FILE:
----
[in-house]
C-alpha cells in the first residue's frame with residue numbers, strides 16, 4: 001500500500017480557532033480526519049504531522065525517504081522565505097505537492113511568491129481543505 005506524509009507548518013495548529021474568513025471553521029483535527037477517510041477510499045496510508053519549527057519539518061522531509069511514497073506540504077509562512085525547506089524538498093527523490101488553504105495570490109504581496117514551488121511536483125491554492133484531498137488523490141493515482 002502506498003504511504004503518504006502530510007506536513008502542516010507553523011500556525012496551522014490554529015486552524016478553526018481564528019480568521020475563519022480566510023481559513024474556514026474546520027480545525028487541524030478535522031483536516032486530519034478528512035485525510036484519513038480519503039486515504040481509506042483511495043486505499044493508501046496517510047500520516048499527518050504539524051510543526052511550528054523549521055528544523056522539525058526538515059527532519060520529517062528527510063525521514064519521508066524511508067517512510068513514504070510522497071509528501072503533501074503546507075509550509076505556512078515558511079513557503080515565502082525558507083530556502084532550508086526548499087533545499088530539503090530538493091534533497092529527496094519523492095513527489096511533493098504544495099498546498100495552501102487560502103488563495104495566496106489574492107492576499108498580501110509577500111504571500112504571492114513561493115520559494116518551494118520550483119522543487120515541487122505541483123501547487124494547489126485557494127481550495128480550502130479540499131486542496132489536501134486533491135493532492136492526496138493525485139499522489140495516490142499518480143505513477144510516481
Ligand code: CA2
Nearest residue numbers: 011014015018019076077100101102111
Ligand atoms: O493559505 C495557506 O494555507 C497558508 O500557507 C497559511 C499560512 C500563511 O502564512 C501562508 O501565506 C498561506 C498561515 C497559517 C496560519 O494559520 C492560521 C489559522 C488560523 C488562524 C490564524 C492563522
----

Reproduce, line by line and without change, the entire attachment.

[in-house]
C-alpha cells in the first residue's frame with residue numbers, strides 16, 4: 001500500500017480557532033480526519049504531522065525517504081522565505097505537492113511568491129481543505 005506524509009507548518013495548529021474568513025471553521029483535527037477517510041477510499045496510508053519549527057519539518061522531509069511514497073506540504077509562512085525547506089524538498093527523490101488553504105495570490109504581496117514551488121511536483125491554492133484531498137488523490141493515482 002502506498003504511504004503518504006502530510007506536513008502542516010507553523011500556525012496551522014490554529015486552524016478553526018481564528019480568521020475563519022480566510023481559513024474556514026474546520027480545525028487541524030478535522031483536516032486530519034478528512035485525510036484519513038480519503039486515504040481509506042483511495043486505499044493508501046496517510047500520516048499527518050504539524051510543526052511550528054523549521055528544523056522539525058526538515059527532519060520529517062528527510063525521514064519521508066524511508067517512510068513514504070510522497071509528501072503533501074503546507075509550509076505556512078515558511079513557503080515565502082525558507083530556502084532550508086526548499087533545499088530539503090530538493091534533497092529527496094519523492095513527489096511533493098504544495099498546498100495552501102487560502103488563495104495566496106489574492107492576499108498580501110509577500111504571500112504571492114513561493115520559494116518551494118520550483119522543487120515541487122505541483123501547487124494547489126485557494127481550495128480550502130479540499131486542496132489536501134486533491135493532492136492526496138493525485139499522489140495516490142499518480143505513477144510516481
Ligand code: CA2
Nearest residue numbers: 011014015018019076077100101102111
Ligand atoms: O493559505 C495557506 O494555507 C497558508 O500557507 C497559511 C499560512 C500563511 O502564512 C501562508 O501565506 C498561506 C498561515 C497559517 C496560519 O494559520 C492560521 C489559522 C488560523 C488562524 C490564524 C492563522